Those folks who think they have it pretty rough in Virginia these days should thank their reactionary stars things are not as they were back in 1619. The very first general assembly got together in Jamestown that year to pass laws that pretty much told everyone how they could and could not behave. The burgesses, as members of the assembly were called, were 30 old white men determined to dictate morality to everybody else, a tradition that hasn’t changed much over the years.
Nor has the politics. The burgesses passed laws requiring all colonists to attend two religious services every Sunday and to bear arms (pieces, swords, powder and shot) while doing so – just in case religious fervor pushed someone over the edge. Even those bearing arms were forbidden from gambling, drinking, idleness and “excesses in apparel,” (which probably didn’t mean too much clothing). Not wishing to overlook any sin they hadn’t thought of, the burgesses also approved a stern enactment against immorality in general. In the eyes of the burgesses, one can imagine, that might cover a lot of territory (and the colonies had lots of territory). The planting of mulberry trees, grapes and hemp was also proscribed, for we all know that that seemingly innocuous flora is the first step on the road to degradation (spelled with a ‘d’ and that rhymes with ‘p’).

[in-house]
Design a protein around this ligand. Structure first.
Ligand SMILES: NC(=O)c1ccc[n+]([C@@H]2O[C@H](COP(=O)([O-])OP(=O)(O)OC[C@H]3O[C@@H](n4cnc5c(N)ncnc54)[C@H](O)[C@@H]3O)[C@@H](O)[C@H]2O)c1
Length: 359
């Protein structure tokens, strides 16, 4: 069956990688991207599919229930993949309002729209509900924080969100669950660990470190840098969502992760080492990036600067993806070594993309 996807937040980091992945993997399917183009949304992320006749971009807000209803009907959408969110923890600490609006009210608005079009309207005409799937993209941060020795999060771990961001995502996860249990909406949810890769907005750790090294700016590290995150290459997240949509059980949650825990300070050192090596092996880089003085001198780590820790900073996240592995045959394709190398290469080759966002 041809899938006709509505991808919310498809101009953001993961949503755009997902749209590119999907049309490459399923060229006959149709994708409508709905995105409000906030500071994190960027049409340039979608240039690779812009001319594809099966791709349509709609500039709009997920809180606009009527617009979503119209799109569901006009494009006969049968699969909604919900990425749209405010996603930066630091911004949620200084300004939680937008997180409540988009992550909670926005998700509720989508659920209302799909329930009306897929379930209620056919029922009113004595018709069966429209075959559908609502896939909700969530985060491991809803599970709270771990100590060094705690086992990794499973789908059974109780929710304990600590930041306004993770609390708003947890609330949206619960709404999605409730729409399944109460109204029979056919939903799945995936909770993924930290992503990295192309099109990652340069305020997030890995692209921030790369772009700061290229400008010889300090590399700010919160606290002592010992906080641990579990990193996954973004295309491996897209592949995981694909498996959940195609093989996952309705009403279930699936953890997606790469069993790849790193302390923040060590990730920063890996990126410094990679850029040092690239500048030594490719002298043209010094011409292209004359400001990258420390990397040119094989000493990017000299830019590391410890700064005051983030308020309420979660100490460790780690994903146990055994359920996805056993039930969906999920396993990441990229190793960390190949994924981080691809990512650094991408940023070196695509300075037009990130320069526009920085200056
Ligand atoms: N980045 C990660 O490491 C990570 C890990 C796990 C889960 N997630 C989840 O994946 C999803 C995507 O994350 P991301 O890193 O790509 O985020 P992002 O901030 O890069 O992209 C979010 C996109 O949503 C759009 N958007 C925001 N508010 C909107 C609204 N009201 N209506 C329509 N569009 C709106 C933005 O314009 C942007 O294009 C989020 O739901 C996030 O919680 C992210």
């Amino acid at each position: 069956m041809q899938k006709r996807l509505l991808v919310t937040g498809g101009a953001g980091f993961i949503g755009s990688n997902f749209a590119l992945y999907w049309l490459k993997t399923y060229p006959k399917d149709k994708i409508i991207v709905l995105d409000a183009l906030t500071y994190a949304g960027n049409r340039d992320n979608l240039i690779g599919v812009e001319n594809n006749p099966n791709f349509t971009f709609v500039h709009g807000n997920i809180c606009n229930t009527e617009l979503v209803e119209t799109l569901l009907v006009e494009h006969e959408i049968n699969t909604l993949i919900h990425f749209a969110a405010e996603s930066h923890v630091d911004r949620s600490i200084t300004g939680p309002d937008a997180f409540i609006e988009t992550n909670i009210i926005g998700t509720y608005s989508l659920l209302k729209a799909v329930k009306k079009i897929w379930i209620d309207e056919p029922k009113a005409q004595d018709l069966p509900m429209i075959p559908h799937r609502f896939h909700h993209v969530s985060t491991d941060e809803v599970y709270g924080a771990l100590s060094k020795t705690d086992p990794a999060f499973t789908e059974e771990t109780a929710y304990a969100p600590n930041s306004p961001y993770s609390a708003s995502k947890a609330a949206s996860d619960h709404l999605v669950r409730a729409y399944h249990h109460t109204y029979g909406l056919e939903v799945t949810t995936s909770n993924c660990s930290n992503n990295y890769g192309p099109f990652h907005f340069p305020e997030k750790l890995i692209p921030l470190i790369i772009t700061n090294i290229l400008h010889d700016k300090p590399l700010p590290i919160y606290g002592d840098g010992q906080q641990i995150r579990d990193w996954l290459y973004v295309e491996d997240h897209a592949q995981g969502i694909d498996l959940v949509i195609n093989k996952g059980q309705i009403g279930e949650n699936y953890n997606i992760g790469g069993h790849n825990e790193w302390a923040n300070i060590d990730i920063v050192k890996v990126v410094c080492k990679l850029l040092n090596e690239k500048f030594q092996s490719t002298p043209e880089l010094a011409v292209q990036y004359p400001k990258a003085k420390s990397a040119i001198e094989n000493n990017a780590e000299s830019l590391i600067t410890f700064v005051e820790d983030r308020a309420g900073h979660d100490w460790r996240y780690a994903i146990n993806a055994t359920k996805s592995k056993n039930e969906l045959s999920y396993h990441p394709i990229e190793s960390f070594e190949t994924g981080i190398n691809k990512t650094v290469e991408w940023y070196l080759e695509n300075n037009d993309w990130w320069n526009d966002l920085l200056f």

The burgesses had only nice things to say about tobacco however. Colonists were urged to dedicate the times they were not in church to the growing of said crop. The colonists responded with enthusiasm, even to the point of growing tobacco in the streets of Jamestown – 20,000 pounds a year – despite His Royal Stick in the Mud King James calling it “dangerous to the lungs.”
“Adam was but human—this explains it all. He did not want the apple for the apple’s sake, he wanted it only because it was forbidden. The mistake was in not forbidding the serpent; then he would have eaten the serpent.” ― Mark Twain